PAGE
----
Black Heritage Culture Event

Saturday afternoon’s Black History Culture Number Two event, is a stem from East 9th street’s heritage festival in August of 2019.

The pop up shop gave the kids an idea of who their elders and leaders are in their community, while encouraging them to take pride in their cultural roots.

“We learned about the principles of Kwanzaa today and even though Kwanzaa is communally celebrated December 26th through January the 1st, Kwanzaa can actually be celebrated everyday.”, said Pastor Charlotte Williams East Dale Community United Methodist Church.

If you do enough research, you’ll see that there is a fascinating amount of black history all over the world.

But Joyce Watson, founder of Young Ladies of Power Sisterhood, wants today’s youth have a chance to make history right in their own backyard.

“Chattanooga is a hard place for black history. And what I want the children to take away is we gotta create our history.” says Watson. “We got to create our own history. You know other cities have more than one museum. We can do the same.”

Pastor Williams believes the scenic city historically, has expressed a strong sense of resiliency.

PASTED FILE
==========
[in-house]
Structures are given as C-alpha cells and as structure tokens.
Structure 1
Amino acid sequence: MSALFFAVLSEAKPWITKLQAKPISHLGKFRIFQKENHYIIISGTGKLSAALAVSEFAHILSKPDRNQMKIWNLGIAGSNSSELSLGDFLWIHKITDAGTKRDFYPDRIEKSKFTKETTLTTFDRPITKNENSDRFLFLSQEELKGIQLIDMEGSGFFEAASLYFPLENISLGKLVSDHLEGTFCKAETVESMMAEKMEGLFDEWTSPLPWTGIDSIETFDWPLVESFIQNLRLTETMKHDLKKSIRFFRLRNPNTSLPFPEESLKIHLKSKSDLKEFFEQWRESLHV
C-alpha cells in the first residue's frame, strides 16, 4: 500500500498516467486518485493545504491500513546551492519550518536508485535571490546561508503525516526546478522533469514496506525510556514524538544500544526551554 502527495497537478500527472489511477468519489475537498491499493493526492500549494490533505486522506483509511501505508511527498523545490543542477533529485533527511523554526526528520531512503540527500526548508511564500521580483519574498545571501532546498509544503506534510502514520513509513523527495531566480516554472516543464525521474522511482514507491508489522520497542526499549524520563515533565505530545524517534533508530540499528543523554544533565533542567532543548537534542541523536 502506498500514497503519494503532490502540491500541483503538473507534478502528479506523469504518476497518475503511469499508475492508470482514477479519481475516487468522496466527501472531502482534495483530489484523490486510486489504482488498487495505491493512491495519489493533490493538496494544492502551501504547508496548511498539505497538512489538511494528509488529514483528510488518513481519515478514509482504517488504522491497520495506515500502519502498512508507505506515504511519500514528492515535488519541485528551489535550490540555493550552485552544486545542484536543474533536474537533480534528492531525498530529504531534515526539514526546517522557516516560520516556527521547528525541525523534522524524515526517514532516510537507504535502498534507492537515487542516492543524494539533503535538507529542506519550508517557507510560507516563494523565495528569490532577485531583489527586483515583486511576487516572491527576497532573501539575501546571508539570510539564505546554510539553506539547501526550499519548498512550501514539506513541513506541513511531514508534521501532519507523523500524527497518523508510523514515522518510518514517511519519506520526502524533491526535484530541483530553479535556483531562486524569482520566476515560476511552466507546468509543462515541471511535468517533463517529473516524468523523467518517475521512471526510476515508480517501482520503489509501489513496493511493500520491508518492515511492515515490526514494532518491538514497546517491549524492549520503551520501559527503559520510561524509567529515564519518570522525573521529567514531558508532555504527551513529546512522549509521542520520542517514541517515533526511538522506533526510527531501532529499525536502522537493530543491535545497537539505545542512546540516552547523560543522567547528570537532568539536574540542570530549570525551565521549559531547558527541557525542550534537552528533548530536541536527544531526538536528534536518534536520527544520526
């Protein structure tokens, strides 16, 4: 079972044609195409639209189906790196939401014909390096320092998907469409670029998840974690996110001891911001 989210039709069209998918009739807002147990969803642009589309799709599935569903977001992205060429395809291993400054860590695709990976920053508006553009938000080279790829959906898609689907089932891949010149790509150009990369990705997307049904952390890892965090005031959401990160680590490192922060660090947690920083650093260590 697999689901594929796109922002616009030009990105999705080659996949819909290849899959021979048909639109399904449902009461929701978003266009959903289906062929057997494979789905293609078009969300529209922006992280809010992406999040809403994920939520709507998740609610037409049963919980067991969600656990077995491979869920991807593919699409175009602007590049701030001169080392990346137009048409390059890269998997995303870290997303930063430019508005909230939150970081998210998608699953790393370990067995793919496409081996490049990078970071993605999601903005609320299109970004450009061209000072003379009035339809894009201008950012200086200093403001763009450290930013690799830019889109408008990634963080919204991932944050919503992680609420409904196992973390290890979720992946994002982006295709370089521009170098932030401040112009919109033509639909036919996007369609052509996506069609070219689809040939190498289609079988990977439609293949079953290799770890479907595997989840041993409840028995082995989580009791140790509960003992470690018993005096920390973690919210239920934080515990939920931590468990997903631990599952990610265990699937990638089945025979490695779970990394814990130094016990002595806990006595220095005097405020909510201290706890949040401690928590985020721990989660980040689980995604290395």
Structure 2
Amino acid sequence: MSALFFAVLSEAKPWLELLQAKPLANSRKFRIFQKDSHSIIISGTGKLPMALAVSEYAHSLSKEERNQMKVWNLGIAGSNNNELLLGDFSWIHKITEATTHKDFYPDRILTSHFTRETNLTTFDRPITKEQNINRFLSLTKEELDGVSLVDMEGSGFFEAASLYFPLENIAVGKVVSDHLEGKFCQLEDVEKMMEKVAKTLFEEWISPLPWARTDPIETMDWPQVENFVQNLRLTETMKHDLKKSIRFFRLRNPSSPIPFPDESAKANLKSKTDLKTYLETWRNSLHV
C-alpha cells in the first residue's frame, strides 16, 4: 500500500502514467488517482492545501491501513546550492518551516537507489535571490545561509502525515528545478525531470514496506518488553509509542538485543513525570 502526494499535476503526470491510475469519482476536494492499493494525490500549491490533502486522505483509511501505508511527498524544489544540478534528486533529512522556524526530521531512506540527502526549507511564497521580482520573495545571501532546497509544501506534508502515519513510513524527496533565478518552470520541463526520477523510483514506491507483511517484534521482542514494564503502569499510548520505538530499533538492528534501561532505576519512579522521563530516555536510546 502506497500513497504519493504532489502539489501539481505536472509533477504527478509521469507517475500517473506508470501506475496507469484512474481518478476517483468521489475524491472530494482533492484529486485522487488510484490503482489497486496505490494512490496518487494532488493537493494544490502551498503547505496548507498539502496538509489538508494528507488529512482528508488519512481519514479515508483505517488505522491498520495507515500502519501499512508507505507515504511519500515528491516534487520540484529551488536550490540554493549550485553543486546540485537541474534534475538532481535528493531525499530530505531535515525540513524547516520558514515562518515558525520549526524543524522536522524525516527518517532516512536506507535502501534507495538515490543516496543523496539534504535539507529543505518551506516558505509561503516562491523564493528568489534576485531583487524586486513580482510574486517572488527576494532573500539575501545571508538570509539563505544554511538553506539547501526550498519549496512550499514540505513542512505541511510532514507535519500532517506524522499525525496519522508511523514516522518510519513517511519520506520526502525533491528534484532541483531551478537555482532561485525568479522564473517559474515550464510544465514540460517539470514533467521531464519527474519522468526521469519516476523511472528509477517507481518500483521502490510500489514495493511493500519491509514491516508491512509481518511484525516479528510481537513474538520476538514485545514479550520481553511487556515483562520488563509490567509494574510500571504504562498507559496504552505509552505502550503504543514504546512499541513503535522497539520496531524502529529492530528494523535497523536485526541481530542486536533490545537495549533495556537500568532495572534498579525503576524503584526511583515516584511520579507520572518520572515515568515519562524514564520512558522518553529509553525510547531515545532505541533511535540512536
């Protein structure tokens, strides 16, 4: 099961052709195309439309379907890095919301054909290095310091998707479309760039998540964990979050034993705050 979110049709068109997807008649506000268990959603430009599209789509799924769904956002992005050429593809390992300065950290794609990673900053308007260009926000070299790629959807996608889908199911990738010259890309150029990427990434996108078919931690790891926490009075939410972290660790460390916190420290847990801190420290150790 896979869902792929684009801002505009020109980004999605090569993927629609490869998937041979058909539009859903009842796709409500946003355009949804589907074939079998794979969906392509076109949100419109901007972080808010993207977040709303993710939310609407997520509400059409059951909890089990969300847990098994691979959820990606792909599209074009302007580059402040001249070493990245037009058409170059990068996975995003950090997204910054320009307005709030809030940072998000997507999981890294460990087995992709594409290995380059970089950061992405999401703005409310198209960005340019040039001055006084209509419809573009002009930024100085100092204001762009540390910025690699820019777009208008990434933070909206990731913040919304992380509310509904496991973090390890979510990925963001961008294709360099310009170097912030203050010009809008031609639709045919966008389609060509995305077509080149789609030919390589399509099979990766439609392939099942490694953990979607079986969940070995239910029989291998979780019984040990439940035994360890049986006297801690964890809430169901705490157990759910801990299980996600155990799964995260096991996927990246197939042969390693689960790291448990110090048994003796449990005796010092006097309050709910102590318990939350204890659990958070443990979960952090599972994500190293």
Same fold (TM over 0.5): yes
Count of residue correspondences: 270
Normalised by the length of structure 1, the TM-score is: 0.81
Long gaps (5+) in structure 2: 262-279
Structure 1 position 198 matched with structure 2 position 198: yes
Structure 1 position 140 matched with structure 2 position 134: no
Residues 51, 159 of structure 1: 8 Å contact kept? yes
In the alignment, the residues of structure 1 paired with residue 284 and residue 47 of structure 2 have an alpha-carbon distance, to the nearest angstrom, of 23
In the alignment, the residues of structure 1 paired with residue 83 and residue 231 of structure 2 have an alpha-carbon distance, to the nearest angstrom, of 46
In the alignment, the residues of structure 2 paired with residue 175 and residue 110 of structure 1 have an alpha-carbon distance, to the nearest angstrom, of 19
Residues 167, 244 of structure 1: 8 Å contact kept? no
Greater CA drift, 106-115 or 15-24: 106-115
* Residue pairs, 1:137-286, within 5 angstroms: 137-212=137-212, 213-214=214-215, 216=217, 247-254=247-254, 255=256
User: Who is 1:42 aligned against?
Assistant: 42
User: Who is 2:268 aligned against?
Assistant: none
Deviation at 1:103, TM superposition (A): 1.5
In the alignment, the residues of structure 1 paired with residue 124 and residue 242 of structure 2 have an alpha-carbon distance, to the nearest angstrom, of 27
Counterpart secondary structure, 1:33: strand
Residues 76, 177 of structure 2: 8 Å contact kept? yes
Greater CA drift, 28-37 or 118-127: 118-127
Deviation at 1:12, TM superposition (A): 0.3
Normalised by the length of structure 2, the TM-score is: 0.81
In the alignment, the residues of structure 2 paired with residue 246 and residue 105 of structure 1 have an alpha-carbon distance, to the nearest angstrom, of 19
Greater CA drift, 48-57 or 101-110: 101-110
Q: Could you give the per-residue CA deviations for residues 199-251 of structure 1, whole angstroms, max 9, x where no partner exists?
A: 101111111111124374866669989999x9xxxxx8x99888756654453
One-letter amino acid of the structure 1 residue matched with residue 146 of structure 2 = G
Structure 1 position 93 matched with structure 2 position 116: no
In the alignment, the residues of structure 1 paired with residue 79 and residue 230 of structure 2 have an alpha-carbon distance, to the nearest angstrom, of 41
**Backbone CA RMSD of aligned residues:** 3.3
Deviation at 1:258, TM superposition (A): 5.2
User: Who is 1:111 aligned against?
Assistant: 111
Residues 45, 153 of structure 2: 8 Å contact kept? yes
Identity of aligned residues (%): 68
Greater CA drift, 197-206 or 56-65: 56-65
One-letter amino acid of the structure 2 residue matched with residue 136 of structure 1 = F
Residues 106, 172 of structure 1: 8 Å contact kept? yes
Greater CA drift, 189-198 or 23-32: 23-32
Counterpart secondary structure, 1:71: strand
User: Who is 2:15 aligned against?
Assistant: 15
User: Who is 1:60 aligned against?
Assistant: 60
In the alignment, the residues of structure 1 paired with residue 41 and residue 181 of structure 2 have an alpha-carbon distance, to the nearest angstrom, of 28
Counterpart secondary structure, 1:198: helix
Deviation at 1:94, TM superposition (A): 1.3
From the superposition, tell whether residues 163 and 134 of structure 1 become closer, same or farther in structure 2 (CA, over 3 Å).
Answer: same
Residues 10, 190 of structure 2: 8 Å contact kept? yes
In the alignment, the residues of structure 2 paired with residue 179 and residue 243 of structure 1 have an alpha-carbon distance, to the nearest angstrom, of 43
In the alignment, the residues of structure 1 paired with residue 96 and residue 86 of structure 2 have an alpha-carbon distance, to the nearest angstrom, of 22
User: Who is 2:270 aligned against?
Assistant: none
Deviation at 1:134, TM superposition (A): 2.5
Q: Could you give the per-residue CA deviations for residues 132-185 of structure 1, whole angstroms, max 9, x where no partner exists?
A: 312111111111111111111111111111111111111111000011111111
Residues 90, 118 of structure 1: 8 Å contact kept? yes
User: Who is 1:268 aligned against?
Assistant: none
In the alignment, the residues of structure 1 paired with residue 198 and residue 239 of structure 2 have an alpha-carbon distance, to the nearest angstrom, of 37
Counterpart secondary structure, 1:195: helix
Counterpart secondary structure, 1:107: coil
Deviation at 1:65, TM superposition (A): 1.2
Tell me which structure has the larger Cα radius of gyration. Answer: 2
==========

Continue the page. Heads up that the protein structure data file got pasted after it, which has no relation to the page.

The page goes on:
“You had many people that stood up for their beliefs. Chattanooga is a place where culture was exudes., says Pastor Williams. “We weren’t allowed at the water parks, we created our own Lincoln parks. We had hospitals , churches,barbershops and our own community.”, said pastor Williams.

Although February heightens the importance of black men and women of the past, present and future, Pastor Williams says the rich culture of African Americans should be rejoiced year round. “I think that people need to understand that black history shouldn’t just be celebrated in February but it should be celebrated 365 days. There are so many heroes ad sheroes that we have forgotten but they have already left us the blueprint on how we can succeed.”

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